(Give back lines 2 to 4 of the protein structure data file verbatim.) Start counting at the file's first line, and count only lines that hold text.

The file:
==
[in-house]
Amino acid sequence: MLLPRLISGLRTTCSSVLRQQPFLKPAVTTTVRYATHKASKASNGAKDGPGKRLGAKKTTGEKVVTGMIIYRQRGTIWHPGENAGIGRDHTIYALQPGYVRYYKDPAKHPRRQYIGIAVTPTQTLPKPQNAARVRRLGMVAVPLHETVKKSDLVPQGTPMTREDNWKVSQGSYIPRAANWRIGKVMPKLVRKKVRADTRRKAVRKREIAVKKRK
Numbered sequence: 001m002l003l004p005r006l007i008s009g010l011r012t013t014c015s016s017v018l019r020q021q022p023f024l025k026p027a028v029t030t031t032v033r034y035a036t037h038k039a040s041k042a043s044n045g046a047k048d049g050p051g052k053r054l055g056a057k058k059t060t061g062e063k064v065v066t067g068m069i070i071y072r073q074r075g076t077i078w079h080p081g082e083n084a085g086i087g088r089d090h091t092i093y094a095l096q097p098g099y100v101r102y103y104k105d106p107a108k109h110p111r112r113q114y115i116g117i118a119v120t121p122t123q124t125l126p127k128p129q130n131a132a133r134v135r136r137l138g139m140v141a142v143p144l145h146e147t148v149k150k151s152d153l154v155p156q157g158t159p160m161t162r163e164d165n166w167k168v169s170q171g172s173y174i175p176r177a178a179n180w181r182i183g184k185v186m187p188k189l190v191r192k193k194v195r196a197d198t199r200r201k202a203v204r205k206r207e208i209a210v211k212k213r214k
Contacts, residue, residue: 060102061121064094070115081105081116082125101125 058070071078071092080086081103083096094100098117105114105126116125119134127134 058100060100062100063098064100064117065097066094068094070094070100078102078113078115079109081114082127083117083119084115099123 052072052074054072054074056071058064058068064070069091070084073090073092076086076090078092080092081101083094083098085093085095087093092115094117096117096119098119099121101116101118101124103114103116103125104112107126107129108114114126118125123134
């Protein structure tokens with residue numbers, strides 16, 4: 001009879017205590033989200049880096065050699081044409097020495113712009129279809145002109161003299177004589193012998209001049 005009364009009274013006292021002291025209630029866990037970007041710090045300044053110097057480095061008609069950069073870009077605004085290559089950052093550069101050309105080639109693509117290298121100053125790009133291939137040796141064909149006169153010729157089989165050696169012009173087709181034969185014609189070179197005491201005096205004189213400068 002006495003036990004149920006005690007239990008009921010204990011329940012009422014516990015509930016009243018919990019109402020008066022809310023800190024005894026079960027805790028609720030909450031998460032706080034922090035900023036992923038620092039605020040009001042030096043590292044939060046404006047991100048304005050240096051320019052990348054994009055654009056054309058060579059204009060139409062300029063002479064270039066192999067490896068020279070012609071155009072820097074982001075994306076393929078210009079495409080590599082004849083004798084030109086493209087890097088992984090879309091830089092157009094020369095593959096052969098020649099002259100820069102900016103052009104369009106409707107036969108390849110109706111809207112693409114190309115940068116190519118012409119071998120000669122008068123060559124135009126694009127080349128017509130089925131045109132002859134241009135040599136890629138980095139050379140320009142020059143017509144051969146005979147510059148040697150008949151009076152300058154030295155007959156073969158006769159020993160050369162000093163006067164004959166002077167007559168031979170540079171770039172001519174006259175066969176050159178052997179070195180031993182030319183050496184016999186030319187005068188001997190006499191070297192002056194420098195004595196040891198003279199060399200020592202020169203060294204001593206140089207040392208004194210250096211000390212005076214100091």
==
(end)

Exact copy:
Amino acid sequence: MLLPRLISGLRTTCSSVLRQQPFLKPAVTTTVRYATHKASKASNGAKDGPGKRLGAKKTTGEKVVTGMIIYRQRGTIWHPGENAGIGRDHTIYALQPGYVRYYKDPAKHPRRQYIGIAVTPTQTLPKPQNAARVRRLGMVAVPLHETVKKSDLVPQGTPMTREDNWKVSQGSYIPRAANWRIGKVMPKLVRKKVRADTRRKAVRKREIAVKKRK
Numbered sequence: 001m002l003l004p005r006l007i008s009g010l011r012t013t014c015s016s017v018l019r020q021q022p023f024l025k026p027a028v029t030t031t032v033r034y035a036t037h038k039a040s041k042a043s044n045g046a047k048d049g050p051g052k053r054l055g056a057k058k059t060t061g062e063k064v065v066t067g068m069i070i071y072r073q074r075g076t077i078w079h080p081g082e083n084a085g086i087g088r089d090h091t092i093y094a095l096q097p098g099y100v101r102y103y104k105d106p107a108k109h110p111r112r113q114y115i116g117i118a119v120t121p122t123q124t125l126p127k128p129q130n131a132a133r134v135r136r137l138g139m140v141a142v143p144l145h146e147t148v149k150k151s152d153l154v155p156q157g158t159p160m161t162r163e164d165n166w167k168v169s170q171g172s173y174i175p176r177a178a179n180w181r182i183g184k185v186m187p188k189l190v191r192k193k194v195r196a197d198t199r200r201k202a203v204r205k206r207e208i209a210v211k212k213r214k
Contacts, residue, residue: 060102061121064094070115081105081116082125101125 058070071078071092080086081103083096094100098117105114105126116125119134127134 058100060100062100063098064100064117065097066094068094070094070100078102078113078115079109081114082127083117083119084115099123 052072052074054072054074056071058064058068064070069091070084073090073092076086076090078092080092081101083094083098085093085095087093092115094117096117096119098119099121101116101118101124103114103116103125104112107126107129108114114126118125123134